Ryan's Reviews > Swimsuit Issue: Hegemonic Masculin: Hegemonic Masculinity in Sports Illustrated

Swimsuit Issue by Laurel R. Davis
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M_50x66
's review
Aug 21, 09

bookshelves: non-fiction-media-study
Read in August, 2009

as i've said in earlier reviews, for me a non-fiction book can suffer from less-than-adequate writing if its scholarship is intriguing. i would definitely say that is the case for this tiny book which reads less as a full-fledged study into masculine hegemony - with the swimsuit issue as a shining example - and more as a graduate dissertation; it drops names and facts without fleshing them out, assuming that its audience is already well versed in them (i was not). too bad, considering i would have liked to know more about the studies that she cites without diving headlong into lexus nexus.

furthermore, the writing in the first half, which otherwise presents a virtually inarguable case that the swimsuit issue and sports illustrated in general use both hegemonically idealized masculine and feminine bodies to gear the entire publication towards men as opposed to sports fans at large and therefore must adhere and propagate a masculine hegemony, stumbles and repeats itself in ways that it would seem any capable editor could scrub clean with relative ease. however, in its second half, where ms. davis shows the effects of the aforementioned masculine hegemony both within the contexts of the issue itself, the monthly magazine, and society as a whole, the writing becomes much more self assured, finding a solid structure within which to confidently assert opinions and observations without constantly repeating or citing previously established facts (at least, not with the frequency as the first half).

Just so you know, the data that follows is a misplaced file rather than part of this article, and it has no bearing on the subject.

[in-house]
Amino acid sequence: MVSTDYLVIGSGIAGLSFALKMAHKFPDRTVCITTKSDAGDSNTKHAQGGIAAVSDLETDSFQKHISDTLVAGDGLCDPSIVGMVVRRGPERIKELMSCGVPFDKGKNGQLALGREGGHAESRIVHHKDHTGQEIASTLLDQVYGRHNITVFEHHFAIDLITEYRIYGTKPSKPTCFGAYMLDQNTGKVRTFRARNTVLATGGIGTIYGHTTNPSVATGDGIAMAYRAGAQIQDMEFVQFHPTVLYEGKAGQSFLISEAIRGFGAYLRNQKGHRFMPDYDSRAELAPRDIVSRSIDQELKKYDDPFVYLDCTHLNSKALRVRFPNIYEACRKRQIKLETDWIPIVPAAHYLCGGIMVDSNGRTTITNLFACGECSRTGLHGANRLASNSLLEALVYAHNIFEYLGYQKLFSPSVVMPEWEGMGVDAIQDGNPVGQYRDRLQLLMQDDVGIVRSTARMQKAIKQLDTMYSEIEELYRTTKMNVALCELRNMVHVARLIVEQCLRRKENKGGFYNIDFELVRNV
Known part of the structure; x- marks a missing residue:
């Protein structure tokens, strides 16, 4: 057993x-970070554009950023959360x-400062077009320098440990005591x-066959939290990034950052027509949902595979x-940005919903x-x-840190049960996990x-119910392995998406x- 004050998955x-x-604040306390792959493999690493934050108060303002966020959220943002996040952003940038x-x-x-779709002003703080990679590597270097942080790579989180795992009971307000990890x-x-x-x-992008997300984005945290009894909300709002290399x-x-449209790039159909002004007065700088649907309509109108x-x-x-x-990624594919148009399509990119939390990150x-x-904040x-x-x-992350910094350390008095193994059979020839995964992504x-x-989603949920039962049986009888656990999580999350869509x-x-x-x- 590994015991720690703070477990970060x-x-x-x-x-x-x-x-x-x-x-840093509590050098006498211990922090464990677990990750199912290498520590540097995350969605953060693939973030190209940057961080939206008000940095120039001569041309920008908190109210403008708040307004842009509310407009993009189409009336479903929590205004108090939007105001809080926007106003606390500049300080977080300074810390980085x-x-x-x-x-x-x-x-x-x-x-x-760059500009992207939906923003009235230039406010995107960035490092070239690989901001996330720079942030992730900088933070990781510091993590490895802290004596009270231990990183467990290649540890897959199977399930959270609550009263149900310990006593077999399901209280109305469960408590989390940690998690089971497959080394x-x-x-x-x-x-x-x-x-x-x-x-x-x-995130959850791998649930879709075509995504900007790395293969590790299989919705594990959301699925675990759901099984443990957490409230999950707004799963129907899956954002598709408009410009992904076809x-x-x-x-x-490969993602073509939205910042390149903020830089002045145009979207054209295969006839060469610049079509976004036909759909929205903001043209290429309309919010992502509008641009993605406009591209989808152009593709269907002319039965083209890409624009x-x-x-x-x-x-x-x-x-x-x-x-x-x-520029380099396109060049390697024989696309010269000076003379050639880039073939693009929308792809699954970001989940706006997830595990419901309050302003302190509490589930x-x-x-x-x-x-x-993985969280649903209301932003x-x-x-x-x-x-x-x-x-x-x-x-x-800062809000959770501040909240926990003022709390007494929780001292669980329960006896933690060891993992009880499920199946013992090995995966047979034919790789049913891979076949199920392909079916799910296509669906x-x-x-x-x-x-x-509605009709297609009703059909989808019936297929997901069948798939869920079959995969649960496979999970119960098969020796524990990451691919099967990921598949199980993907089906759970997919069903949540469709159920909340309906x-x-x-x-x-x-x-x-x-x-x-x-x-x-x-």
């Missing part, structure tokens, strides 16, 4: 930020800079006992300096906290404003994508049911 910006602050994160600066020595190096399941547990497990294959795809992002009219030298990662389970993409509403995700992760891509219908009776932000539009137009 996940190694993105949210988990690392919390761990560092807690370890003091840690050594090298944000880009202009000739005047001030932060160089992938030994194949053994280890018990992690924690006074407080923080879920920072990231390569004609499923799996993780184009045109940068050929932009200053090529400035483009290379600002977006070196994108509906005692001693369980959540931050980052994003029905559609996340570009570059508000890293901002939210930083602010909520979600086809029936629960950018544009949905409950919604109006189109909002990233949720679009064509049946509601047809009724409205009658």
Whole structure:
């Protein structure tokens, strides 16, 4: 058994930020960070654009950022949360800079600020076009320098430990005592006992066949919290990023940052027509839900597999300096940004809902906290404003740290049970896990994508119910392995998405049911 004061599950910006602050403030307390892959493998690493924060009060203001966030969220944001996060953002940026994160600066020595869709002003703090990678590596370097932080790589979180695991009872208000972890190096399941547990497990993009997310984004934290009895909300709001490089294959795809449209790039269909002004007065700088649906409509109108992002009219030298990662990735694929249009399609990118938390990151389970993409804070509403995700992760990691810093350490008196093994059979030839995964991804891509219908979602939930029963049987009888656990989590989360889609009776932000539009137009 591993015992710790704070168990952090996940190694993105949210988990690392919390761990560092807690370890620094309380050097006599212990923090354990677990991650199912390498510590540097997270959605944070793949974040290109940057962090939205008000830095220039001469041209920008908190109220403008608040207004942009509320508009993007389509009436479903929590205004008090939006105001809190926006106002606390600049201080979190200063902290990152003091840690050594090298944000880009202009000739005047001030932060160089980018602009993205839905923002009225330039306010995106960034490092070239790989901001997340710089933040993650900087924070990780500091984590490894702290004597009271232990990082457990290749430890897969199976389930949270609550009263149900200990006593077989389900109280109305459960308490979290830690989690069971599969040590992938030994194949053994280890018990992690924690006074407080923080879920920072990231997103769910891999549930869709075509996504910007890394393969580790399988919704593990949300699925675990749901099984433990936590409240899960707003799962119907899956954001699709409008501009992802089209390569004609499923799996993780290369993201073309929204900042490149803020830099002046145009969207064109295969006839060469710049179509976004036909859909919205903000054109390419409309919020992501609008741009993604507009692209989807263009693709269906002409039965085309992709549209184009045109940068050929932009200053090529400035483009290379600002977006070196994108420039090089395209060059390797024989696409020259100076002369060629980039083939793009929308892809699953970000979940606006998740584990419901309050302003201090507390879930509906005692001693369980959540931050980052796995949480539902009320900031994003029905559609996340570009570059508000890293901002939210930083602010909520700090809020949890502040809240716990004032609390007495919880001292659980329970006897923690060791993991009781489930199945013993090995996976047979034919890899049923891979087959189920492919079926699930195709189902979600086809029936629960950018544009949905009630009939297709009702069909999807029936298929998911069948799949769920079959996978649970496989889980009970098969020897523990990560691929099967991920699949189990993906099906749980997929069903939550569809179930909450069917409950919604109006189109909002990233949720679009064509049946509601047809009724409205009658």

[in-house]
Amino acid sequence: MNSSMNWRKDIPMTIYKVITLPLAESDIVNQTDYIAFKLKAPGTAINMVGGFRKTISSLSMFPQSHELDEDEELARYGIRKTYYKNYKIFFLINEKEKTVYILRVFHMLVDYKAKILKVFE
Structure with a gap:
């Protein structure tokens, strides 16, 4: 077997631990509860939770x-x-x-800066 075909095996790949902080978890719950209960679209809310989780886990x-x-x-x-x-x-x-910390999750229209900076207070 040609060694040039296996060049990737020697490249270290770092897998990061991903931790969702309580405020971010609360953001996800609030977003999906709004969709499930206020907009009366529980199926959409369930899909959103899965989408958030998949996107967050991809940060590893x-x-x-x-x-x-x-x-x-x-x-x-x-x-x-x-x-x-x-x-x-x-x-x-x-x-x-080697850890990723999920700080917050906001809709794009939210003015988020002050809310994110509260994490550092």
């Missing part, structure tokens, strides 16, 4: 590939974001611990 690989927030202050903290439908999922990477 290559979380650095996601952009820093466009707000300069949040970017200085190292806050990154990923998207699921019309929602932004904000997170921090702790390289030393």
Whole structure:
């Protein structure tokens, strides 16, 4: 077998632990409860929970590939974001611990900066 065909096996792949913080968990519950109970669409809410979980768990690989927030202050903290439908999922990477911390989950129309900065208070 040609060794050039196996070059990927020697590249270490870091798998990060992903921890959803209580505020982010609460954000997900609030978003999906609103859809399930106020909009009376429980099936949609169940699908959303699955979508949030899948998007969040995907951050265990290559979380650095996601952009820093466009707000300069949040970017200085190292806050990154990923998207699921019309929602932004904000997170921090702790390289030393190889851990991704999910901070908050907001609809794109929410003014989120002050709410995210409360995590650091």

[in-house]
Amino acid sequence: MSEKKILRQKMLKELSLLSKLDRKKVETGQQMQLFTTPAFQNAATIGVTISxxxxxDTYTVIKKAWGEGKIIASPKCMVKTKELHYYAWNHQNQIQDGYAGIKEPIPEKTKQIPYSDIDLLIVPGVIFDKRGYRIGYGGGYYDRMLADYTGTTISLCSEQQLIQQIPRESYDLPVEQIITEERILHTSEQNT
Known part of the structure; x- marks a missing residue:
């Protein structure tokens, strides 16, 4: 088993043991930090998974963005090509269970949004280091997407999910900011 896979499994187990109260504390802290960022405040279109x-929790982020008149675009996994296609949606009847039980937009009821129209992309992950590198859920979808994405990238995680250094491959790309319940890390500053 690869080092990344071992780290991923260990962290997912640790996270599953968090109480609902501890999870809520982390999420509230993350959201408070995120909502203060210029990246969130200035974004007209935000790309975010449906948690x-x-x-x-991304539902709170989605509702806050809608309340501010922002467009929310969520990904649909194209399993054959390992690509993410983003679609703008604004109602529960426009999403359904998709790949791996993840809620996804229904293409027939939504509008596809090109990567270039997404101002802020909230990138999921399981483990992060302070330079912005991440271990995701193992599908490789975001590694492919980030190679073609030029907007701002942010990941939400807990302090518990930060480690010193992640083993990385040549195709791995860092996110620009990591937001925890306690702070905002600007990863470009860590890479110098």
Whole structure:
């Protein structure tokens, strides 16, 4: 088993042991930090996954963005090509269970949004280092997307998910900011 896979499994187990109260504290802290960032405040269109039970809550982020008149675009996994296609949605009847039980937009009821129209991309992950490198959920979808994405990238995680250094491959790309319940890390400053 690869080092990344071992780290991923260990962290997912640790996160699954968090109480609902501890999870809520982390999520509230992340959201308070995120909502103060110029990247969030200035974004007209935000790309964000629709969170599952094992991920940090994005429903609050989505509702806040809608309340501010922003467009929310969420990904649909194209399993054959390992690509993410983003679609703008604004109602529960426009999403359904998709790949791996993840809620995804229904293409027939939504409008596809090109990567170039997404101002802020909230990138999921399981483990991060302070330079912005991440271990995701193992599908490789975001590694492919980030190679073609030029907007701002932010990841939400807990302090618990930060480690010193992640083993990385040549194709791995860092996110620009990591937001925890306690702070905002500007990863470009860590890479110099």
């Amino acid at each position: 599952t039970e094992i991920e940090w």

overall, an interesting read for the academic minded. and made me question further my subjugating gaze in terms of a politically oppressive act.
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